Bull trout recovery plan assessed by retired Fish & Wildlife employee - Opinion used by 'experts' rather than scientific evidence
Below is a summary of the WALF commissioned Ken Williams assessment of the bull trout Recovery Plan. Ken is a retired WDFW [Washington Department of Fish & Wildlife] employee who managed bull trout and steelhead in the Upper Columbia.
Ken Williams Bull Trout Recovery Assessment Summary
The NMFS" local moniker for professional judgement is "best
available science". The USFWS uses the term professional judgement,
which is more forthright, but still the implication towards party
line science is not obvious to the innocent. Professional judgment
has its place, but only where science ends and there is no further
recourse. In this recovery
A hallmark of unimpeachable science is rigorous peer review. One
of the bald inadequacies of the ESA is that it violates the scientific
method by striking the peer review tenet. In my experience institutional
science flows along with sectarian oversight which invariably yields
malleable science, science vulnerable to institutional bias,
The shortcut to authenticating and adopting a plan is wont to be
habitat-based, as all recovery plans are wont to be in this age, because
today only the cause of cause and effect need be demonstrated. Therefore,
it's not necessary to show that a culvert is blocking fish only that
the culvert exists. There is no science in counting culverts.
Similarly, all the evidences of man"s eco-infractions of streams' riprap, livestock, irrigation, roads, etc.- are assigned equal weight to be tallied up in a spectacular incriminating heap that can in itself explain the "demise" of bull trout. Culpability can be determined and documented in an office without a dead fish in hand or hardly a glance toward the river. The slant against man jumps out from the bypassing of natural habitat factors to dwell on human factors. The Plan does not even mention the USGS hydrological study in the Methow and how the USFWS might incorporate that information into the plan. The habitat status section of the report is so superficial and canted that it is useless and dangerous in diagnosing fish status and charting a recovery plan.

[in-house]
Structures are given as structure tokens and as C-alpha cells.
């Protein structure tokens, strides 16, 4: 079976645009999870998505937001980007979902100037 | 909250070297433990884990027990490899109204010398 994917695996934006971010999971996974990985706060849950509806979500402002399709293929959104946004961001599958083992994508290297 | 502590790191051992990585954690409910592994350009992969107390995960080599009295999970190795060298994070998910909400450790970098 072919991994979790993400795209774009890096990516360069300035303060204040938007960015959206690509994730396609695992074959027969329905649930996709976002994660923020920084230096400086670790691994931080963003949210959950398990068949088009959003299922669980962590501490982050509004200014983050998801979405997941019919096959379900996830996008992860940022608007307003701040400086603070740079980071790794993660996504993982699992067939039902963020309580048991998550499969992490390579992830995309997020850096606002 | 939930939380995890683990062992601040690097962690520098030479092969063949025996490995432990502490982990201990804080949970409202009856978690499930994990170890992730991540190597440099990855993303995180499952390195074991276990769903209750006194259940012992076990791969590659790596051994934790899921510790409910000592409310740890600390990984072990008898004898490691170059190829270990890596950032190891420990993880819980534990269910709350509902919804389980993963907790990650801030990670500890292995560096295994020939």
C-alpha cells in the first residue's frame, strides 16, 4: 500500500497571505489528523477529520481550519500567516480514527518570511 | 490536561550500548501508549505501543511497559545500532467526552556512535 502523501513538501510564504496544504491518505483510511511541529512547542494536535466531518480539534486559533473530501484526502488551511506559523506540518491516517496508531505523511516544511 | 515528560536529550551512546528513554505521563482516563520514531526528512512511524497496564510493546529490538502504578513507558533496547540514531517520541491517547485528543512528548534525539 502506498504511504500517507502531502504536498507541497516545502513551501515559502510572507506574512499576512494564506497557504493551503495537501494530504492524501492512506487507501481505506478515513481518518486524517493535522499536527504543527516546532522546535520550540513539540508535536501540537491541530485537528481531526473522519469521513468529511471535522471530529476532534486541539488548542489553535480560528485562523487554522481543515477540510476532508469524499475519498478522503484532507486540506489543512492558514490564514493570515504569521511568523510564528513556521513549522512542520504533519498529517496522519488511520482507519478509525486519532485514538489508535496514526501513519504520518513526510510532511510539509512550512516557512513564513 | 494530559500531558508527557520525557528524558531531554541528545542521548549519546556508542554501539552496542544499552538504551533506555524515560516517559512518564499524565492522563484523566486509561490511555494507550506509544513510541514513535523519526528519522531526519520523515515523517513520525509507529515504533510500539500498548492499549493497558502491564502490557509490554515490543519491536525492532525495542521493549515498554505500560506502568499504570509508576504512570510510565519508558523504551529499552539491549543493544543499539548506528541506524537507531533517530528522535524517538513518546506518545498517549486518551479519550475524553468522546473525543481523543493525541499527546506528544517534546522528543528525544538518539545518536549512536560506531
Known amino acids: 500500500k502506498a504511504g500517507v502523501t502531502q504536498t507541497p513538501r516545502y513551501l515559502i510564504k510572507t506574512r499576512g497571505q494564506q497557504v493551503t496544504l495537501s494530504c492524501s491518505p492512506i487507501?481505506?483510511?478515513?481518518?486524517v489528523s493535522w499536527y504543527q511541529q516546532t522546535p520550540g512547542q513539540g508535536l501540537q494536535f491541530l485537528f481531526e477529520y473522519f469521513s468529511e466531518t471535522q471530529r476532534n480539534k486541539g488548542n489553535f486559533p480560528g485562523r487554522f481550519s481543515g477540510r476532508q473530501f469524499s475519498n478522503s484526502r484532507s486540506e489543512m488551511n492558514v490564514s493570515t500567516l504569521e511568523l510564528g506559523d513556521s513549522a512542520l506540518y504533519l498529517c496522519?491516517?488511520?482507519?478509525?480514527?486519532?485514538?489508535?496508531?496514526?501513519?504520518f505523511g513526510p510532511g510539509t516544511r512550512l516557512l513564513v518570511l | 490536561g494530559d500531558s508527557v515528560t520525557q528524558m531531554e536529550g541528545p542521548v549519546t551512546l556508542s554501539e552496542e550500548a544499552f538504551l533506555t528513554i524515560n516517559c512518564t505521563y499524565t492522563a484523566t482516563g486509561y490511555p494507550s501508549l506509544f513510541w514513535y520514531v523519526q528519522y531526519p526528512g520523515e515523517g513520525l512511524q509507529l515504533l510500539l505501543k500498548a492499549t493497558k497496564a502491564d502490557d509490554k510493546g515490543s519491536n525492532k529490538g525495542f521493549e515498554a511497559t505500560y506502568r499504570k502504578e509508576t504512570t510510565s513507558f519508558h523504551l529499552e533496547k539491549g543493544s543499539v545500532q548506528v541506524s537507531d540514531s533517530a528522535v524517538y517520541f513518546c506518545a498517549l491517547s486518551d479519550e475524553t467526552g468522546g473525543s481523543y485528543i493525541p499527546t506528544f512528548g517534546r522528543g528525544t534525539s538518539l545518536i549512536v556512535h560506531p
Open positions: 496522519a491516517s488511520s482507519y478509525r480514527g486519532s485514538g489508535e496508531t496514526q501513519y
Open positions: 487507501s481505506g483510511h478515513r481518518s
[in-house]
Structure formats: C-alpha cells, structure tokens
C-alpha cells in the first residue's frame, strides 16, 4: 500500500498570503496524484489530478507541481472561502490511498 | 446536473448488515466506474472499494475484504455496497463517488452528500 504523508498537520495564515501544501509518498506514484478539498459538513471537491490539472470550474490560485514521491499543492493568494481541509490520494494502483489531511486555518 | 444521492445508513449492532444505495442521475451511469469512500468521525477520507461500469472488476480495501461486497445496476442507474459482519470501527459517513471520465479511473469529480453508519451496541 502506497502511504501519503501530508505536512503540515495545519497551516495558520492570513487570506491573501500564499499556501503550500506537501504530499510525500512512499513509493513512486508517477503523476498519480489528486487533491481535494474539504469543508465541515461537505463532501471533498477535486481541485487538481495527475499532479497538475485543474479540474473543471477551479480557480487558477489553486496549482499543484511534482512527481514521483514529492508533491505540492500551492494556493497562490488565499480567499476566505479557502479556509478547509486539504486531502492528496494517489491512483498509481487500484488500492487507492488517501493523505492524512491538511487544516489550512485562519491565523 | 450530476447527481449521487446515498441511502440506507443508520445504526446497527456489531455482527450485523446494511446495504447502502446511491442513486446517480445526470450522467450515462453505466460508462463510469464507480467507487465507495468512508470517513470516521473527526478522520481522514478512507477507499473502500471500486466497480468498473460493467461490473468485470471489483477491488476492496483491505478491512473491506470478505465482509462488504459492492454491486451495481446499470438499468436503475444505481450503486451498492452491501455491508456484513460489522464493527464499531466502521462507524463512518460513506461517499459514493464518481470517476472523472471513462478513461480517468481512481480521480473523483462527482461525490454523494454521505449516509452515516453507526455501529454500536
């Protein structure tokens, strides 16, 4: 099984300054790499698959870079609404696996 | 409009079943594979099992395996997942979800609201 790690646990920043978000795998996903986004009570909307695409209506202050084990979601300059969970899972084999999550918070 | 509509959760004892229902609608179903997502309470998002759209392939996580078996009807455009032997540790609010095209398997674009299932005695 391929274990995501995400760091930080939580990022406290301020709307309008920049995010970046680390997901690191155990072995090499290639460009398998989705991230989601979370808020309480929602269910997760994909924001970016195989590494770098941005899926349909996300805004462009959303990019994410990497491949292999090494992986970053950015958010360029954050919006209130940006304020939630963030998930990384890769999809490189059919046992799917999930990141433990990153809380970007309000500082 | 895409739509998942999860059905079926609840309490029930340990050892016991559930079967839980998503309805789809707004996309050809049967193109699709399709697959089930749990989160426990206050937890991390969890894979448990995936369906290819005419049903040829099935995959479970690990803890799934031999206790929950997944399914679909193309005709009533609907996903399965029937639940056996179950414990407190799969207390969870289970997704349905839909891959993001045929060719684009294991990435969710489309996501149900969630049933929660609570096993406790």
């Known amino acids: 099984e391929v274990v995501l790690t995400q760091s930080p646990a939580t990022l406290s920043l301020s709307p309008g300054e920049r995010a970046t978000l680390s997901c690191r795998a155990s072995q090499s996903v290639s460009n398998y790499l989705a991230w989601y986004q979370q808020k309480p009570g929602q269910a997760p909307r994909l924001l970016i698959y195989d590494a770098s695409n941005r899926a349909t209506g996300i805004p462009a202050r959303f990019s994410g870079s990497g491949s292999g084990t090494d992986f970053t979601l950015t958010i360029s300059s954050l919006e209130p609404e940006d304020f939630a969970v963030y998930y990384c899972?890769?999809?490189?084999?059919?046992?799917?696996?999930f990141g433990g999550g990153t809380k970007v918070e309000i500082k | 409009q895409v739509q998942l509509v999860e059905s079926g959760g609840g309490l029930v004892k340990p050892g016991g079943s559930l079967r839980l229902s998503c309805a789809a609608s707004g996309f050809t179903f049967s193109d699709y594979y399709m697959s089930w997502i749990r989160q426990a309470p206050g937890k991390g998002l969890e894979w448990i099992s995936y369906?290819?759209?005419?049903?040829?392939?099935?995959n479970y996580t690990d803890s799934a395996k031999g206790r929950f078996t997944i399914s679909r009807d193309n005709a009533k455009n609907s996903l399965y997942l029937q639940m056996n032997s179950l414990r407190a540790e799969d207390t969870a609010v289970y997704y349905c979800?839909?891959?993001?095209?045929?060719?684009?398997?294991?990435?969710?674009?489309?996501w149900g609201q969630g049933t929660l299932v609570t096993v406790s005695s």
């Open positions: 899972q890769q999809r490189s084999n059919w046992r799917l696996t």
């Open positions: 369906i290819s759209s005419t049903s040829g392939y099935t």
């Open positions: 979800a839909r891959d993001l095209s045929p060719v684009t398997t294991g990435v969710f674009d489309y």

Habitat is like gravity, everyone observes it, but no one can explain
it. Everyone understands the reality and importance of habitat, but
who can define it or its correlation to fish in quantitative terms?
In this vacuum of scientific certainty confusion and non-science (professional
judgments) flourish. The habitat theme now reposes on a pedestal so
venerated that falsification is untenable even by science, a point
that Karl Popper warned ofirrefutability may seem like a virtue,
but in reality it is a vice. In other words a rule that has an answer
WDFW rhapsodizes the virtues of the Methow"s Arrowleaf Reach-
a naturally dewatering reach - in the same breath he finds irrigation
an agent of extinction in reaches that never dewater. Or should we
puzzle when the fish restoration folks would rather drown than reach
out for an irrigation recharge life preserver. And why they enthusiastically
embrace "professional opinions" from non-professionals who
overlook how irrigation may actually improve the amount and quality
of water for fish. Or be amazed that it"s not about salmon but
The habitat-based recovery preoccupation should be corroborated by
alternative methods, if the plan is to be more than an echo from the
non-scientific culture and a clone of the New England Atlantic salmon
disaster. Life history ecology and population biology understanding
are glaringly AWOL, as are harvest management principles, all blows
to the competency of the plan. Calling on professional judgment to
set target recovery numbers based on genetic theory is inappropriate.
Such numbers are implausibly and indefensibly high on the order of
magnitude of 10 to 15. With them recovery becomes impossible and eternal.
Predicting the institutions will be loath to admit that the target
numbers are off-the-chart high, the only recourse is to tighten the
stranglehold on humans, particularly farmers, further infringing upon
their ability to interact with natural resources in responsible ways.
It is clear to me
I agree that some populations are low, but I disagree strongly about
causation. The current plight, with a few minor exceptions, is a natural
process- interglacial warming followed by invasion of salmon and
The complete assessment is available on request.
WALF has also commissioned a white paper legal review of drainage district authority and management in Washington State that will be available soon.
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